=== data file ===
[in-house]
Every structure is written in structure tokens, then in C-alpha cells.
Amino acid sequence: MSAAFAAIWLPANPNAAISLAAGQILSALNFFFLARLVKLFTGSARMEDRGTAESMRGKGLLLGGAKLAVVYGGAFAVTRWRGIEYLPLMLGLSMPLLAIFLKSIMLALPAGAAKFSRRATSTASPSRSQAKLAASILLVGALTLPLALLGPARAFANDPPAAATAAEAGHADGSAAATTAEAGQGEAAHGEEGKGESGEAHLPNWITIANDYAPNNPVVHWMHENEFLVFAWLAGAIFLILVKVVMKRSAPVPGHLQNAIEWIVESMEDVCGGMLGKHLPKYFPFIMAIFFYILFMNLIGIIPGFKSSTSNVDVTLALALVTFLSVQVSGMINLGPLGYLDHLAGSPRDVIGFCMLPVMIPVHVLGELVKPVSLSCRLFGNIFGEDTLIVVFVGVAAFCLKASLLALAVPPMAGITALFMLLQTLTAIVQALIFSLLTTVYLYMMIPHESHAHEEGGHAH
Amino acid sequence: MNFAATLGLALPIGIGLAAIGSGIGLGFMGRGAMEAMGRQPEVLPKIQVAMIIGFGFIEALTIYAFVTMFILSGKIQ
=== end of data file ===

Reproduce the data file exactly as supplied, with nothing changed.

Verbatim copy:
[in-house]
Every structure is written in structure tokens, then in C-alpha cells.
Amino acid sequence: MSAAFAAIWLPANPNAAISLAAGQILSALNFFFLARLVKLFTGSARMEDRGTAESMRGKGLLLGGAKLAVVYGGAFAVTRWRGIEYLPLMLGLSMPLLAIFLKSIMLALPAGAAKFSRRATSTASPSRSQAKLAASILLVGALTLPLALLGPARAFANDPPAAATAAEAGHADGSAAATTAEAGQGEAAHGEEGKGESGEAHLPNWITIANDYAPNNPVVHWMHENEFLVFAWLAGAIFLILVKVVMKRSAPVPGHLQNAIEWIVESMEDVCGGMLGKHLPKYFPFIMAIFFYILFMNLIGIIPGFKSSTSNVDVTLALALVTFLSVQVSGMINLGPLGYLDHLAGSPRDVIGFCMLPVMIPVHVLGELVKPVSLSCRLFGNIFGEDTLIVVFVGVAAFCLKASLLALAVPPMAGITALFMLLQTLTAIVQALIFSLLTTVYLYMMIPHESHAHEEGGHAH
Amino acid sequence: MNFAATLGLALPIGIGLAAIGSGIGLGFMGRGAMEAMGRQPEVLPKIQVAMIIGFGFIEALTIYAFVTMFILSGKIQ